Electronic component suppliers routinely provide free samples of their latest offerings. While that's a great way to build up future business opportunities, let's face it: The bulk of the business is in the tried and true stuff, some of which has been around for years. Recognizing that fact, Texas Instruments Standard Linear and Logic Semiconductor Group is teaming up with DigiKey to offer engineers fast access to free samples (and free shipping) of some 80% of its 15,000 part numbers at: http://www-a.ti.com/apps/sampcert/basket.asp. "We continue to see tremendous demand for many of our mature parts, and most engineers like to get some samples, put them on a board, and try them out in their systems," says Bert Bond, Worldwide Logic Product Manager. One perennial favorite: TI's hex inverter. Possibly the oldest technology in TI Logic's current product line, it just keeps going and going, says Bond. So okay, to be fair, it's not like engineers couldn't get free samples of older parts in the past. But, says Bond, those requests were handled on an exception basis. "It was very cumbersome, and usually took days," says Bond. Now, TI is guaranteeing overnight processing of all sample requests. No exceptions.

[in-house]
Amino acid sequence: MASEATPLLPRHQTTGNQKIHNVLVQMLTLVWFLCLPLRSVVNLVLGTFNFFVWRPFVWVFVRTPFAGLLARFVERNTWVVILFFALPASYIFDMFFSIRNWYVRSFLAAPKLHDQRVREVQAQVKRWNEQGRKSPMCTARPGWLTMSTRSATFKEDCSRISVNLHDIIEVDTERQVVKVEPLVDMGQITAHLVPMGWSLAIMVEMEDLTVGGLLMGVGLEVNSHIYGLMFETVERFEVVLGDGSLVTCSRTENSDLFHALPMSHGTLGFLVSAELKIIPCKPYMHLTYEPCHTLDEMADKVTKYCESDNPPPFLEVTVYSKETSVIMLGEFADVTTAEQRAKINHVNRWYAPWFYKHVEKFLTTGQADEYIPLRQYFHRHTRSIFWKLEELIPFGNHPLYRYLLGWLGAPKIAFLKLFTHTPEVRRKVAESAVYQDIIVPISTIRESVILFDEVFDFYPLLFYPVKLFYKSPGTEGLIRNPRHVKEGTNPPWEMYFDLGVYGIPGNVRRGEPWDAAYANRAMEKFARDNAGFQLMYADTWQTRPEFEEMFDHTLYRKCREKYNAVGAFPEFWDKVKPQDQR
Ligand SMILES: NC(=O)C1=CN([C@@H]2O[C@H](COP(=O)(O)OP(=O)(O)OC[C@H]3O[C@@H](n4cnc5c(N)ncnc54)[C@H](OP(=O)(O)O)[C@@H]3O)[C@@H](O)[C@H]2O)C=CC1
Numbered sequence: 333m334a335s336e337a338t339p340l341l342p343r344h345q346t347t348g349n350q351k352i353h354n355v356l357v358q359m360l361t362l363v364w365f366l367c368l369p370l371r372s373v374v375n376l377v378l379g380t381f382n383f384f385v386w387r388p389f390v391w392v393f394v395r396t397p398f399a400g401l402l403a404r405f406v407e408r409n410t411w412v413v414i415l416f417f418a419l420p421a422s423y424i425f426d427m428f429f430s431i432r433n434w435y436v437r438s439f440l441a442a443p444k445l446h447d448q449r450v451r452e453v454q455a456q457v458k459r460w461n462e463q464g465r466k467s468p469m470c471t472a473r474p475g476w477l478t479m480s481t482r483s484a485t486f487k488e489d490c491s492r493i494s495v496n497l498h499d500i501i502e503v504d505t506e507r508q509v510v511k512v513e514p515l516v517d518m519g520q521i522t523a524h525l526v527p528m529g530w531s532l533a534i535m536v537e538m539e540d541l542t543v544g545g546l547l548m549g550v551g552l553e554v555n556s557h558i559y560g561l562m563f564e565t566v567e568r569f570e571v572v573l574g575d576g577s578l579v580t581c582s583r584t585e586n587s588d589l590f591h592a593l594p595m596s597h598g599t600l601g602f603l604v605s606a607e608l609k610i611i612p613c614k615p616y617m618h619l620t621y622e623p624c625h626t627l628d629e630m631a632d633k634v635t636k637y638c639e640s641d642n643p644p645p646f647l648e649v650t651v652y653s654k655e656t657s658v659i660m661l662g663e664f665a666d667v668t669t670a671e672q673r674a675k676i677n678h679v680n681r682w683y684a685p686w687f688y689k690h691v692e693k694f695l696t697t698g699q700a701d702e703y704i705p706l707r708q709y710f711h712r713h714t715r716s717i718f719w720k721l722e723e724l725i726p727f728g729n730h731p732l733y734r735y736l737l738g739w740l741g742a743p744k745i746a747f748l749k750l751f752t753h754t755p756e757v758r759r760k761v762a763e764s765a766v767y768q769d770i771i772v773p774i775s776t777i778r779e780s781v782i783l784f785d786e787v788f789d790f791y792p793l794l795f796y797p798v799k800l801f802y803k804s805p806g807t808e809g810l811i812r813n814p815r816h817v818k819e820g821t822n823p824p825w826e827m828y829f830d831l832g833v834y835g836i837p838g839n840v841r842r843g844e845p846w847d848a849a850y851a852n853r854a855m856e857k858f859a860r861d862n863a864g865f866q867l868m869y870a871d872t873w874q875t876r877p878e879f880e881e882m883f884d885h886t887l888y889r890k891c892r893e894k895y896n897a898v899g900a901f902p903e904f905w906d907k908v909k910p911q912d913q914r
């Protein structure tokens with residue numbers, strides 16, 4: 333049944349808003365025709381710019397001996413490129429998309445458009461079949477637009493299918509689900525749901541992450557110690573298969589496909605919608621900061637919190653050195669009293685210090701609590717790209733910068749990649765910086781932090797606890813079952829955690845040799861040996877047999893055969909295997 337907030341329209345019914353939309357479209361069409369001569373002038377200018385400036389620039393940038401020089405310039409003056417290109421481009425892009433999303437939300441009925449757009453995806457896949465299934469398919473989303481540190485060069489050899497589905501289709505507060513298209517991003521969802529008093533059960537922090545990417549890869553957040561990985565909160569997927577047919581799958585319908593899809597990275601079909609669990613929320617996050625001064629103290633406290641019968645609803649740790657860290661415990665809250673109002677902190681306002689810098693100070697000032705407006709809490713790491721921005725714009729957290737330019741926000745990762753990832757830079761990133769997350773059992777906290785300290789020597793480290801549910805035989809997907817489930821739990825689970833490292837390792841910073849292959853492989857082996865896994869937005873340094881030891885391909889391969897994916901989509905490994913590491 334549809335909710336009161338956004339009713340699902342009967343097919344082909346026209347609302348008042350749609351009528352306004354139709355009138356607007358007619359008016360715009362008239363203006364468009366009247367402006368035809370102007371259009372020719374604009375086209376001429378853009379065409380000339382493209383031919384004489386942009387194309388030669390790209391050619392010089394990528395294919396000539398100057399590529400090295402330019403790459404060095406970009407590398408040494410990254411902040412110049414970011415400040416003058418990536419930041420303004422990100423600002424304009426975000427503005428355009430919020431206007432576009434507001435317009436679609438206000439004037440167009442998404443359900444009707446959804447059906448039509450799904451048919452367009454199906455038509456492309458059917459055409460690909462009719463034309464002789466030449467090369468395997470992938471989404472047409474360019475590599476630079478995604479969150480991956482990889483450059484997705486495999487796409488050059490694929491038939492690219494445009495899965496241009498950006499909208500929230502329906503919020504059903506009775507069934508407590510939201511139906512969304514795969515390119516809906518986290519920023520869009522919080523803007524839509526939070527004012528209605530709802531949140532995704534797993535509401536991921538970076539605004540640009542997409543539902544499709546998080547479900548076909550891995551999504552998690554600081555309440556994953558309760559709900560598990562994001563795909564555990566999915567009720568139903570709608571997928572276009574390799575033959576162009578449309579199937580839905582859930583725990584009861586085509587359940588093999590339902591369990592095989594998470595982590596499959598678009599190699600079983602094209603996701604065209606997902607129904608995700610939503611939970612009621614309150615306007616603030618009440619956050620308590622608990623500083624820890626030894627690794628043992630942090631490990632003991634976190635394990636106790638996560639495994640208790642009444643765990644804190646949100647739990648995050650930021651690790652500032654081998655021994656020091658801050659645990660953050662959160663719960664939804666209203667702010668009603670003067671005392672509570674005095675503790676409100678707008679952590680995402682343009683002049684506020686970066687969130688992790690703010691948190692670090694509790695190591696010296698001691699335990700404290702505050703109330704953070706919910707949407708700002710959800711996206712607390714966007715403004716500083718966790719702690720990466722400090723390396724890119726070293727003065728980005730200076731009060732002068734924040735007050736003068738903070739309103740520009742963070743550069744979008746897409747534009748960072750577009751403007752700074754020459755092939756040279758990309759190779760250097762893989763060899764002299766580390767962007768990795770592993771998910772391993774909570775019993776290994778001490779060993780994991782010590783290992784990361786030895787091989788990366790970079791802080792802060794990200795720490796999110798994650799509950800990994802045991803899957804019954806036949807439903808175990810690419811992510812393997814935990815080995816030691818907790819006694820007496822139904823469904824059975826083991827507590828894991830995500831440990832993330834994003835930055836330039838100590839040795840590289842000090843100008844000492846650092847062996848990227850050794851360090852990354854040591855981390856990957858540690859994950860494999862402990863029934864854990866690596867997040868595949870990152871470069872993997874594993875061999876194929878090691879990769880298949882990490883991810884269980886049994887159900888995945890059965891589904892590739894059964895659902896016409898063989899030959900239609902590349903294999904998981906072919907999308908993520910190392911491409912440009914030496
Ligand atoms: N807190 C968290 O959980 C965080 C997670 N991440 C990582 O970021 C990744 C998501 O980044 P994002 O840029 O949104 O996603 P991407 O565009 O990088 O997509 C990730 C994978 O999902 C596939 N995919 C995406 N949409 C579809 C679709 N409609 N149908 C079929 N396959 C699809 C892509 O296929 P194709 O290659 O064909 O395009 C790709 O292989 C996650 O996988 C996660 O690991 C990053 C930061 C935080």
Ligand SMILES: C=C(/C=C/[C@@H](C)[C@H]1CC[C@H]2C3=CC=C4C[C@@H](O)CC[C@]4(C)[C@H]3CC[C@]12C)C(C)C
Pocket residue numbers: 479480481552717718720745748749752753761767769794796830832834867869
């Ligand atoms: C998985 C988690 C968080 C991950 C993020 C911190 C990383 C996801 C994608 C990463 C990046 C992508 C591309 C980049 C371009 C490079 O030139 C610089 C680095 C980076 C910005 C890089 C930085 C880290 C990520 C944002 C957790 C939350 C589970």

A new method of modeling how they are created with chemical vapor deposition (CVD) could reduce the cost of carbon nanostructures used for for research and commercial applications, including advanced sensors and batteries.
BMW has already incorporated more than 10,000 3D-printed parts in the Rolls-Royce Phantom and intends to expand the use of 3D printing in its cars even more in the future. Meanwhile, Daimler has started using additive manufacturing for producing spare parts in Mercedes-Benz Trucks.
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